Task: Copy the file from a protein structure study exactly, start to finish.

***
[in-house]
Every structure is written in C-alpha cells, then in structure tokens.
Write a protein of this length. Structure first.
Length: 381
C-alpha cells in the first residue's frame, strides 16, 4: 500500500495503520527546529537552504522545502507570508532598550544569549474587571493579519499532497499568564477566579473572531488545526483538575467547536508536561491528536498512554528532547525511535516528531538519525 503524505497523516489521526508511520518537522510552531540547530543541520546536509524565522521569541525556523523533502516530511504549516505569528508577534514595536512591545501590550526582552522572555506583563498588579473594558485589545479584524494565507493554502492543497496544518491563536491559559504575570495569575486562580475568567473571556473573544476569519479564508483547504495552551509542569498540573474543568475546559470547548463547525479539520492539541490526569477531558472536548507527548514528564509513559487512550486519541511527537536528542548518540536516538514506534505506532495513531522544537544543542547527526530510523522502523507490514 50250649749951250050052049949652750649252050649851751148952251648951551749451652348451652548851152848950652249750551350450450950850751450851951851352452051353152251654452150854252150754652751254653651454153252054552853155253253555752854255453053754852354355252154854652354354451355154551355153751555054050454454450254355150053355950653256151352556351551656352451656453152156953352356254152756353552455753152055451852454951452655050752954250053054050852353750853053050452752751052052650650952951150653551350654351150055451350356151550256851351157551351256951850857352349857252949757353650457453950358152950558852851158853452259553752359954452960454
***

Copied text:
[in-house]
Every structure is written in C-alpha cells, then in structure tokens.
Write a protein of this length. Structure first.
Length: 381
C-alpha cells in the first residue's frame, strides 16, 4: 500500500495503520527546529537552504522545502507570508532598550544569549474587571493579519499532497499568564477566579473572531488545526483538575467547536508536561491528536498512554528532547525511535516528531538519525 503524505497523516489521526508511520518537522510552531540547530543541520546536509524565522521569541525556523523533502516530511504549516505569528508577534514595536512591545501590550526582552522572555506583563498588579473594558485589545479584524494565507493554502492543497496544518491563536491559559504575570495569575486562580475568567473571556473573544476569519479564508483547504495552551509542569498540573474543568475546559470547548463547525479539520492539541490526569477531558472536548507527548514528564509513559487512550486519541511527537536528542548518540536516538514506534505506532495513531522544537544543542547527526530510523522502523507490514 50250649749951250050052049949652750649252050649851751148952251648951551749451652348451652548851152848950652249750551350450450950850751450851951851352452051353152251654452150854252150754652751254653651454153252054552853155253253555752854255453053754852354355252154854652354354451355154551355153751555054050454454450254355150053355950653256151352556351551656352451656453152156953352356254152756353552455753152055451852454951452655050752954250053054050852353750853053050452752751052052650650952951150653551350654351150055451350356151550256851351157551351256951850857352349857252949757353650457453950358152950558852851158853452259553752359954452960454